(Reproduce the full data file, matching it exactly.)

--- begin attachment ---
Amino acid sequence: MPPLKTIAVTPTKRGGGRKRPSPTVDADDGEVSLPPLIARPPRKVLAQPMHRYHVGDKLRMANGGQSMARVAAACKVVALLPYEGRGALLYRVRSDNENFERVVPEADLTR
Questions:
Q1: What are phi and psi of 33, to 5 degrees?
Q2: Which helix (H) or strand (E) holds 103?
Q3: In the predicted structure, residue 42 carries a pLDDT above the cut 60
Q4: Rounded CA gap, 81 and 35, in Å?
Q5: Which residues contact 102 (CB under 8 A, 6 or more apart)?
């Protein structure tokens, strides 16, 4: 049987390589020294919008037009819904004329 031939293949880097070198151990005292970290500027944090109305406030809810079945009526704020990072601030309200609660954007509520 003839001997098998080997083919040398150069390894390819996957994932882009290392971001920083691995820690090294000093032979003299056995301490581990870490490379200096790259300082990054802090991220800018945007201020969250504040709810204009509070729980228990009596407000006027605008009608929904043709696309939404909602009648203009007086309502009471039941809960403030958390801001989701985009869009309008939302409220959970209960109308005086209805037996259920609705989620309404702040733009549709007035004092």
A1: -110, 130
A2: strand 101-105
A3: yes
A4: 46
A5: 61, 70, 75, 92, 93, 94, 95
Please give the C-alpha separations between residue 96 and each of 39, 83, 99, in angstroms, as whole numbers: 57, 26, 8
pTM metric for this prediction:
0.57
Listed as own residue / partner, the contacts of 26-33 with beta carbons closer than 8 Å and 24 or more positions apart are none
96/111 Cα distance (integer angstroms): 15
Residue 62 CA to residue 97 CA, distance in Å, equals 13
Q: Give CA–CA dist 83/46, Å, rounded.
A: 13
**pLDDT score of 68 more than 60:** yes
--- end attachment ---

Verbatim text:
Amino acid sequence: MPPLKTIAVTPTKRGGGRKRPSPTVDADDGEVSLPPLIARPPRKVLAQPMHRYHVGDKLRMANGGQSMARVAAACKVVALLPYEGRGALLYRVRSDNENFERVVPEADLTR
Questions:
Q1: What are phi and psi of 33, to 5 degrees?
Q2: Which helix (H) or strand (E) holds 103?
Q3: In the predicted structure, residue 42 carries a pLDDT above the cut 60
Q4: Rounded CA gap, 81 and 35, in Å?
Q5: Which residues contact 102 (CB under 8 A, 6 or more apart)?
């Protein structure tokens, strides 16, 4: 049987390589020294919008037009819904004329 031939293949880097070198151990005292970290500027944090109305406030809810079945009526704020990072601030309200609660954007509520 003839001997098998080997083919040398150069390894390819996957994932882009290392971001920083691995820690090294000093032979003299056995301490581990870490490379200096790259300082990054802090991220800018945007201020969250504040709810204009509070729980228990009596407000006027605008009608929904043709696309939404909602009648203009007086309502009471039941809960403030958390801001989701985009869009309008939302409220959970209960109308005086209805037996259920609705989620309404702040733009549709007035004092």
A1: -110, 130
A2: strand 101-105
A3: yes
A4: 46
A5: 61, 70, 75, 92, 93, 94, 95
Please give the C-alpha separations between residue 96 and each of 39, 83, 99, in angstroms, as whole numbers: 57, 26, 8
pTM metric for this prediction:
0.57
Listed as own residue / partner, the contacts of 26-33 with beta carbons closer than 8 Å and 24 or more positions apart are none
96/111 Cα distance (integer angstroms): 15
Residue 62 CA to residue 97 CA, distance in Å, equals 13
Q: Give CA–CA dist 83/46, Å, rounded.
A: 13
**pLDDT score of 68 more than 60:** yes